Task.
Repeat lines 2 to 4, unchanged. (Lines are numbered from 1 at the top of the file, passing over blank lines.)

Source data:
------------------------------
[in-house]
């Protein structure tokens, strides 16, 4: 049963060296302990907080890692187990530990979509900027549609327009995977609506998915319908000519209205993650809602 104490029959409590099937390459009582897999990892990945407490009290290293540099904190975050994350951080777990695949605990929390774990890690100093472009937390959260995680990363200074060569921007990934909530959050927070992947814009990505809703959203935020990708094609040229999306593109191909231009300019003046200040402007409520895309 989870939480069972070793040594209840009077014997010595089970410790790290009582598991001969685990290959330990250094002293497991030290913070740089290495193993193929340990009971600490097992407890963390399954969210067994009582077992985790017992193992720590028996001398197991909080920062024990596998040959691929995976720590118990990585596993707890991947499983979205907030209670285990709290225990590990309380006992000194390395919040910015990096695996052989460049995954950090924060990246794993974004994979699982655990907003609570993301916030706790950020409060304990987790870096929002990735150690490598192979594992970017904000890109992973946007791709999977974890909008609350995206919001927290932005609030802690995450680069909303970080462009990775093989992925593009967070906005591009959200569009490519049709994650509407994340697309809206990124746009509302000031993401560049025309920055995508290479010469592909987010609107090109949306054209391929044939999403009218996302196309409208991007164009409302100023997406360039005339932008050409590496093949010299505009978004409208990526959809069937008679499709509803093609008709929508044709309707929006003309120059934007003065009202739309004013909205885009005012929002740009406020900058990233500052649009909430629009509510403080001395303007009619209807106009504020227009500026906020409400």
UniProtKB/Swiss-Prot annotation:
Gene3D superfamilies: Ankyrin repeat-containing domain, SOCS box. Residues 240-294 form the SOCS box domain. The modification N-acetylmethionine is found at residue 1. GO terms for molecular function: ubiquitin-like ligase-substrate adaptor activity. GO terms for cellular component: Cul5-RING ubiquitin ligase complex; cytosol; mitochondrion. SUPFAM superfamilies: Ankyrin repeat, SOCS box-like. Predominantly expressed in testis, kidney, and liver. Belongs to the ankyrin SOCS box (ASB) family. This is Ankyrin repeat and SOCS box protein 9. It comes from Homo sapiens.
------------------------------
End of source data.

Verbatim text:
């Protein structure tokens, strides 16, 4: 049963060296302990907080890692187990530990979509900027549609327009995977609506998915319908000519209205993650809602 104490029959409590099937390459009582897999990892990945407490009290290293540099904190975050994350951080777990695949605990929390774990890690100093472009937390959260995680990363200074060569921007990934909530959050927070992947814009990505809703959203935020990708094609040229999306593109191909231009300019003046200040402007409520895309 989870939480069972070793040594209840009077014997010595089970410790790290009582598991001969685990290959330990250094002293497991030290913070740089290495193993193929340990009971600490097992407890963390399954969210067994009582077992985790017992193992720590028996001398197991909080920062024990596998040959691929995976720590118990990585596993707890991947499983979205907030209670285990709290225990590990309380006992000194390395919040910015990096695996052989460049995954950090924060990246794993974004994979699982655990907003609570993301916030706790950020409060304990987790870096929002990735150690490598192979594992970017904000890109992973946007791709999977974890909008609350995206919001927290932005609030802690995450680069909303970080462009990775093989992925593009967070906005591009959200569009490519049709994650509407994340697309809206990124746009509302000031993401560049025309920055995508290479010469592909987010609107090109949306054209391929044939999403009218996302196309409208991007164009409302100023997406360039005339932008050409590496093949010299505009978004409208990526959809069937008679499709509803093609008709929508044709309707929006003309120059934007003065009202739309004013909205885009005012929002740009406020900058990233500052649009909430629009509510403080001395303007009619209807106009504020227009500026906020409400």
UniProtKB/Swiss-Prot annotation:
Gene3D superfamilies: Ankyrin repeat-containing domain, SOCS box. Residues 240-294 form the SOCS box domain. The modification N-acetylmethionine is found at residue 1. GO terms for molecular function: ubiquitin-like ligase-substrate adaptor activity. GO terms for cellular component: Cul5-RING ubiquitin ligase complex; cytosol; mitochondrion. SUPFAM superfamilies: Ankyrin repeat, SOCS box-like. Predominantly expressed in testis, kidney, and liver. Belongs to the ankyrin SOCS box (ASB) family. This is Ankyrin repeat and SOCS box protein 9. It comes from Homo sapiens.